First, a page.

First, for anyone familiar with the disturbing, currently too-close-to-home story The Handmaid’s Tale (a dystopian novel penned by Margaret Atwood in 1985 and a current TV show addiction), the reference to Aunt Lydia is a brilliant parallel. For those unfamiliar with the story, Aunt Lydia is a woman who tows the oppressive, violent, and punishing party line of the government of Gilead, a philosophy that claims to be biblically based. She is complicit in helping men in power put and keep other women in submission, the “handmaids” who have been forced to bear children for infertile high-ranking government officials. She betrays her sex by aligning with those who seek to strip women of their rights and agency. She says what she is supposed to say and shapes an alternative reality that requires a complete suspension of one’s eyes, ears, and experiences to remain valid. She lies. There is no objective truth. Reality is only what the leaders say it is.
Notice that I did not mention what Aunt Lydia looks like – because that is completely irrelevant to the searing comparison to President Trump’s mouthpiece. Michelle Wolf very deliberately did not attack the appearance of any woman in the Trump administration. The complaint is with her dedicated service to a man whose misogyny is legend and whose dishonesty is routine.
The second instructive point is a good segway from the first, as it occurs when Wolf approaches – but keeps a healthy distance from – the issue of appearance. She references the professional make-up and hair services that Sanders ultimately utilized (noticeably) after a brief time at the podium without it. This change was remarked upon publicly by the White House chief-of-staff at the time, Anthony Scaramucci. Importantly, Michelle Wolf’s observation about this was neutral in tone – or even complimentary. Thus, the “perfect smoky eye,” a reference to a specific and difficult-to-achieve make-up technique, mastered by Sarah Huckabee Sanders.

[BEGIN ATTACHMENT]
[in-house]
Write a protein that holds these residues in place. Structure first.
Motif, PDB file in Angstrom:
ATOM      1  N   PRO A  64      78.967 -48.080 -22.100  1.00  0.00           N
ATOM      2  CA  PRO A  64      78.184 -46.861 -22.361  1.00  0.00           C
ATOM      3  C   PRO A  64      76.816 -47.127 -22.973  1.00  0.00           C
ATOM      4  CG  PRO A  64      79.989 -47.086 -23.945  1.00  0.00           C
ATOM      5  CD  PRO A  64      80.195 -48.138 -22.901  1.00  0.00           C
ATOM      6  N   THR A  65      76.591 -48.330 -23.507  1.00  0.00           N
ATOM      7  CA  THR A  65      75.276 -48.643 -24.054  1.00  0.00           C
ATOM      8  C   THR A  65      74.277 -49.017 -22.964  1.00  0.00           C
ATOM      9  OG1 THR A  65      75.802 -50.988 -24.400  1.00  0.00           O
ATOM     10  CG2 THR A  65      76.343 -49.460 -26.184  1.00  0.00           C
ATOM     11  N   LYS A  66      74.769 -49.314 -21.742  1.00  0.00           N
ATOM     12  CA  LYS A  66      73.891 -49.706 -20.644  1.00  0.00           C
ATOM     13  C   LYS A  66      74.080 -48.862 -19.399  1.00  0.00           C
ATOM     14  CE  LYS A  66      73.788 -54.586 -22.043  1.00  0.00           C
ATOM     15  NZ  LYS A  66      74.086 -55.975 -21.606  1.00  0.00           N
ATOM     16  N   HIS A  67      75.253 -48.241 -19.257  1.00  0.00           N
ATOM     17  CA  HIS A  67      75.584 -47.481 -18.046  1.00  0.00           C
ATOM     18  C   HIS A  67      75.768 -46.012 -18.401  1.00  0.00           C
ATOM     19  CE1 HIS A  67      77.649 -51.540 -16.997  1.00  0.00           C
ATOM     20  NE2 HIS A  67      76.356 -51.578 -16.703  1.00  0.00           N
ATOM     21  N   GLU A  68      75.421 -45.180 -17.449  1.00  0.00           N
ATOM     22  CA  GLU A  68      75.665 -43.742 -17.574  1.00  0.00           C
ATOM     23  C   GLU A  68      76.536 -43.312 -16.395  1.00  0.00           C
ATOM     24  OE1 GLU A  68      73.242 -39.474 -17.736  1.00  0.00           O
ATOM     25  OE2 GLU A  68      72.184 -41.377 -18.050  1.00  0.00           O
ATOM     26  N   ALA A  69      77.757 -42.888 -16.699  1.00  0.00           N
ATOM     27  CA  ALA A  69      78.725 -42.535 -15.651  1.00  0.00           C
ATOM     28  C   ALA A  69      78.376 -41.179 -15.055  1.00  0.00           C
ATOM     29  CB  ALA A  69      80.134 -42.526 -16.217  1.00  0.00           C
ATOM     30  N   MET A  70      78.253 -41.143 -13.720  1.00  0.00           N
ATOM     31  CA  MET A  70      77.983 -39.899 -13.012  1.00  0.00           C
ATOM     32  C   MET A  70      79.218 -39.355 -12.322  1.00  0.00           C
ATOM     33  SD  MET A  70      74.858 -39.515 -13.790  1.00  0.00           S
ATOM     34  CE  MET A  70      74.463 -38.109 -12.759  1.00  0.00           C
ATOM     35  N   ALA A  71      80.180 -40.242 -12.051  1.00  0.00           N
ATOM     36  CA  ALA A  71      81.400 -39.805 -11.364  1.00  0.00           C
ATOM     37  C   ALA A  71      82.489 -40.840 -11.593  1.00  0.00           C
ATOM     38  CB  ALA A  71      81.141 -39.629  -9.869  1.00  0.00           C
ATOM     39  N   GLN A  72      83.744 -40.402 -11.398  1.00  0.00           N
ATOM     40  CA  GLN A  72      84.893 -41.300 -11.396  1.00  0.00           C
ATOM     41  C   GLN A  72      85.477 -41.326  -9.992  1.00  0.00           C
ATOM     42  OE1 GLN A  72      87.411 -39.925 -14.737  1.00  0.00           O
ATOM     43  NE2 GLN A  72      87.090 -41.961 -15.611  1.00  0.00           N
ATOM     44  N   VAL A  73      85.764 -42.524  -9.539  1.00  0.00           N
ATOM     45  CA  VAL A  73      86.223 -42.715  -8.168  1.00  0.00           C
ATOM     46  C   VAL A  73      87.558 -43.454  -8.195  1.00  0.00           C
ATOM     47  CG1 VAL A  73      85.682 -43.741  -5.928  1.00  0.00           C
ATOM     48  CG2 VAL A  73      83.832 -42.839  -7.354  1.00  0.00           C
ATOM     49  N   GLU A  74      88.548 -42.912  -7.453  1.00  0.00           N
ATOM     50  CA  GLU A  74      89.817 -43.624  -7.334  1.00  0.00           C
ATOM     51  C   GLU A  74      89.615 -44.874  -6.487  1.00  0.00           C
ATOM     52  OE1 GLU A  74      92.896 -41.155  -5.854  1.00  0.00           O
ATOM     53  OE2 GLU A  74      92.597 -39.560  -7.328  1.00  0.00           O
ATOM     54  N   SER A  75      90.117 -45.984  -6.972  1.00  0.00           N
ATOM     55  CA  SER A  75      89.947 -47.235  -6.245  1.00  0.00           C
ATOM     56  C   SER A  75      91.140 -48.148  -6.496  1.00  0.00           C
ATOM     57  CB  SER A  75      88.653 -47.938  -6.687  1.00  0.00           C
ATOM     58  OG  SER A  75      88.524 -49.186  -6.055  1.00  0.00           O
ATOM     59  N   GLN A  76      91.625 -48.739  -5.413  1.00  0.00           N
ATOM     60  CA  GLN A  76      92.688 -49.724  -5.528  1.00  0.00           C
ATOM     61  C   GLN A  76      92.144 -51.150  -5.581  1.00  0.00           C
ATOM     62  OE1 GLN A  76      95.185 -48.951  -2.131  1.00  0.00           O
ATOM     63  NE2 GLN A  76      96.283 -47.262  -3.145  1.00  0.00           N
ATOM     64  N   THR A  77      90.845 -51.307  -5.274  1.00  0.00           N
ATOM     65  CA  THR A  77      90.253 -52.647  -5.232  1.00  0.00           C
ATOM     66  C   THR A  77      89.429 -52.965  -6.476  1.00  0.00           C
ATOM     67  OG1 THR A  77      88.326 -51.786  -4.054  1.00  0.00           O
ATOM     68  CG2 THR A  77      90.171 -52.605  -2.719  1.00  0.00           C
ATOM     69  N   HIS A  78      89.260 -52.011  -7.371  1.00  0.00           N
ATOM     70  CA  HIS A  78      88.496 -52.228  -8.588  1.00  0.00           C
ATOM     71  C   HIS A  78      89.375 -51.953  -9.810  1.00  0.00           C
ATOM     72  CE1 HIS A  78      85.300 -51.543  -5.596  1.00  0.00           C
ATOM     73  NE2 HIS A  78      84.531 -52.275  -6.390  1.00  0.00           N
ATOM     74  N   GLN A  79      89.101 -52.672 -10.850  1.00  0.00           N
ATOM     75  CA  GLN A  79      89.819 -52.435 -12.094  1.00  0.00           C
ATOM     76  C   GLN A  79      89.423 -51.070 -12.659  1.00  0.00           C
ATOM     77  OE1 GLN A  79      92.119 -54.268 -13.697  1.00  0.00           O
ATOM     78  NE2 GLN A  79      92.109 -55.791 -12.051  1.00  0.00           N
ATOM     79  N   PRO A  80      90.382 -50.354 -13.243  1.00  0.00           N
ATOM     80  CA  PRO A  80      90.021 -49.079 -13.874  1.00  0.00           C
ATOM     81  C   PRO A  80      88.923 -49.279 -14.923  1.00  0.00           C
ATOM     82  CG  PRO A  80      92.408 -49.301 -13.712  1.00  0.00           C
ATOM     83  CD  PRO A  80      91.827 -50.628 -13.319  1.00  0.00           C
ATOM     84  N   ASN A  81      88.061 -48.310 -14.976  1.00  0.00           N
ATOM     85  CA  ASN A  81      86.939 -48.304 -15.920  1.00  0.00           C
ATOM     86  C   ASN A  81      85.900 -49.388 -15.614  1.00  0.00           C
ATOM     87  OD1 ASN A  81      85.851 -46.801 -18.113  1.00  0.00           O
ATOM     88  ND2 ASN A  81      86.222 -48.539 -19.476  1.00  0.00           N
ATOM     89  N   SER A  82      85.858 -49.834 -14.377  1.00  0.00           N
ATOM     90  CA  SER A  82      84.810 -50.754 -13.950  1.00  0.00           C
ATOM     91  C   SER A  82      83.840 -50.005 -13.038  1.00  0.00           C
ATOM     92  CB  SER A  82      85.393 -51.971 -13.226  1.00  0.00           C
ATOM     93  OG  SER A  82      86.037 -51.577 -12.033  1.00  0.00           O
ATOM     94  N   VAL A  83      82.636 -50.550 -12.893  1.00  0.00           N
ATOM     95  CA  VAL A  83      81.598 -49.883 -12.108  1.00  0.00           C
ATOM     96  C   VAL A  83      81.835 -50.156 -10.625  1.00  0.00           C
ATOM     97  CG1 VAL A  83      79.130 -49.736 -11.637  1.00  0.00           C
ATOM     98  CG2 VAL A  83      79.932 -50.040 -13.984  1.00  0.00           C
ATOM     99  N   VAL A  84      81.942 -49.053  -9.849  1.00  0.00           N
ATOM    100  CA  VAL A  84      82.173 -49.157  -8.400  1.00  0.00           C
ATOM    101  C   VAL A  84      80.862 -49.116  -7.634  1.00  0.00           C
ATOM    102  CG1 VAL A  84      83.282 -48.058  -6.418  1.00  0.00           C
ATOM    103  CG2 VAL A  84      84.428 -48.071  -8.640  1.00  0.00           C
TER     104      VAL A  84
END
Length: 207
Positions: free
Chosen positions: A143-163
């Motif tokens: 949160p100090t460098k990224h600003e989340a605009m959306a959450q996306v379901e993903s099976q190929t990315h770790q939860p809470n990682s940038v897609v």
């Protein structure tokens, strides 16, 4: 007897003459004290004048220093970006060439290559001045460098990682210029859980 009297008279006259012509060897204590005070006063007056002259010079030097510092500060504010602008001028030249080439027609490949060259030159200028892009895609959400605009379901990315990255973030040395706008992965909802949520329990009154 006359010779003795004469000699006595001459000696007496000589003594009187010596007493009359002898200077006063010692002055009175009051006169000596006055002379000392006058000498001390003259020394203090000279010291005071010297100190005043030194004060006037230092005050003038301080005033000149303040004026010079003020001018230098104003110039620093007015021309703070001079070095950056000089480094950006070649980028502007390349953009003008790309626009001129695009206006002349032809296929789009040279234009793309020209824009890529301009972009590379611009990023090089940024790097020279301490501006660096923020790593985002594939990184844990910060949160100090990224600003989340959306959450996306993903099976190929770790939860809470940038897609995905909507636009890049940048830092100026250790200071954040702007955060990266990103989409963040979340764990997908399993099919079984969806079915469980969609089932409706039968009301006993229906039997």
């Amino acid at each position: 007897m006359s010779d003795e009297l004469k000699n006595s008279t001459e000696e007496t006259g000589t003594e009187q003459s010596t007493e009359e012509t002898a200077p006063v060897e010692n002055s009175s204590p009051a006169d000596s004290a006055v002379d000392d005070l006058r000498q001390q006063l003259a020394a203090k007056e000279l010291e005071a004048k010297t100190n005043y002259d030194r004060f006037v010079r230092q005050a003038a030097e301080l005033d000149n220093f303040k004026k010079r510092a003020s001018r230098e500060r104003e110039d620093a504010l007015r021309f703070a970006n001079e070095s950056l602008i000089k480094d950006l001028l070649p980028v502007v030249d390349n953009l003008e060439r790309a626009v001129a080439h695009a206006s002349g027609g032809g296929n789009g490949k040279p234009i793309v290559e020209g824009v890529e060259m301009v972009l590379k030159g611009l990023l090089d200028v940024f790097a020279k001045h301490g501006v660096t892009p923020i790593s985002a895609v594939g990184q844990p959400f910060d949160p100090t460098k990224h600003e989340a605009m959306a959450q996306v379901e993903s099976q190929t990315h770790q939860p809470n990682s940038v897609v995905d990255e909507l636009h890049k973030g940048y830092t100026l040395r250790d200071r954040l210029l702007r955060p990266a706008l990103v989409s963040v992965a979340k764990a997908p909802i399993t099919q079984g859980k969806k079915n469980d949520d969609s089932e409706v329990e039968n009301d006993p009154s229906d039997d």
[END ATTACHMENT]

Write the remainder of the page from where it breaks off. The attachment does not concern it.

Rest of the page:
The last point is the most important one. The overt reference to Trump’s lying, and Sanders’ perpetuating his lies for him, is harsh. But the fact that the president of the United States lies with such frequency and ferocity is even more so; it serves as an unfortunate foundation for his punishing presidency. His strategy of willful and pervasive disinformation perpetuates a horrible partisan divide in our country and weakens the institution of the presidency and even the strength of our democracy. Wolf wraps up this point with a bow: the ugliness of his lies is transformed and made palpable by Sanders’ delivery of them, in a desirable (by way of) professional form.
I have long revisited this part of Wolf’s speech – it felt so spot-on to me, so important, so critical, and so true that I was left reflecting upon its perfection, even (and perhaps particularly) when criticism and controversy swirled around it. The thing is, when lies are repeated over and over by prominent people with powerful platforms, they start to feel like the truth. They clearly have become the truth for some Americans. The way Barack Obama is a Muslim from Africa and the founder of ISIS; the way professional athletes kneeling to protest police brutality are “sons of bitches” who hate veterans; the way Mexicans are “rapists and murderers” and other immigrants are all criminals in MS-13; the way children languishing in detention centers after being separated – possibly permanently – from their parents seeking asylum at the border are just enjoying a vacation at summer camp; how the disavowing of all of our intelligence agencies while cozying up to a brutal thug who ordered an attack on our elections is “a good thing, not a bad thing.”
Maybe it took Michelle Wolf’s smoke-y eye bit to hold a mirror up to the illusion of presidential competence and prestige, disguised as patriotism and becoming ever bolder, that relentlessly bombards Americans’ sense of right and wrong. The thing about the “smoke and mirrors” phenomenon is that when it works, something appears to hover in space unassisted. Wouldn’t it be nice if the American people could turn this trick on its head when applied to the Trump administration (and those who make it possible), and instead of giving the legitimacy of the Oval office to consistently off-base, harmful, and self-serving talking points, to see and to know that – in fact – there is truly nothing there.
**Oh, the irony.